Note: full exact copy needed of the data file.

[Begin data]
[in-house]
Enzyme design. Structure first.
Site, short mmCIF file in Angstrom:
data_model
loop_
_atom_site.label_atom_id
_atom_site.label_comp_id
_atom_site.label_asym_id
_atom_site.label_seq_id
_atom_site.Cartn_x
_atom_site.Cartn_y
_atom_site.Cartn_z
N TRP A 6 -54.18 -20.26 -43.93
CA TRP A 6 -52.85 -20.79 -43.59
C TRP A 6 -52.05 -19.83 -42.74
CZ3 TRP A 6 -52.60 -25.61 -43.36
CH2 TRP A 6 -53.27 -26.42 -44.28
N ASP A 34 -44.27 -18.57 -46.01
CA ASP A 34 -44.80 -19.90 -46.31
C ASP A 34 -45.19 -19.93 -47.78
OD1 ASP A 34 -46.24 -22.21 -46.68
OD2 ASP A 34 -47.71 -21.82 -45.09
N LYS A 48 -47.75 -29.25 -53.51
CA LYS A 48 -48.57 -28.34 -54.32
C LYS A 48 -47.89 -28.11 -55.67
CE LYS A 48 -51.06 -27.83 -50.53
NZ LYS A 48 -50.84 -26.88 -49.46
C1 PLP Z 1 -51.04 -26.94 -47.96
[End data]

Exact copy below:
[in-house]
Enzyme design. Structure first.
Site, short mmCIF file in Angstrom:
data_model
loop_
_atom_site.label_atom_id
_atom_site.label_comp_id
_atom_site.label_asym_id
_atom_site.label_seq_id
_atom_site.Cartn_x
_atom_site.Cartn_y
_atom_site.Cartn_z
N TRP A 6 -54.18 -20.26 -43.93
CA TRP A 6 -52.85 -20.79 -43.59
C TRP A 6 -52.05 -19.83 -42.74
CZ3 TRP A 6 -52.60 -25.61 -43.36
CH2 TRP A 6 -53.27 -26.42 -44.28
N ASP A 34 -44.27 -18.57 -46.01
CA ASP A 34 -44.80 -19.90 -46.31
C ASP A 34 -45.19 -19.93 -47.78
OD1 ASP A 34 -46.24 -22.21 -46.68
OD2 ASP A 34 -47.71 -21.82 -45.09
N LYS A 48 -47.75 -29.25 -53.51
CA LYS A 48 -48.57 -28.34 -54.32
C LYS A 48 -47.89 -28.11 -55.67
CE LYS A 48 -51.06 -27.83 -50.53
NZ LYS A 48 -50.84 -26.88 -49.46
C1 PLP Z 1 -51.04 -26.94 -47.96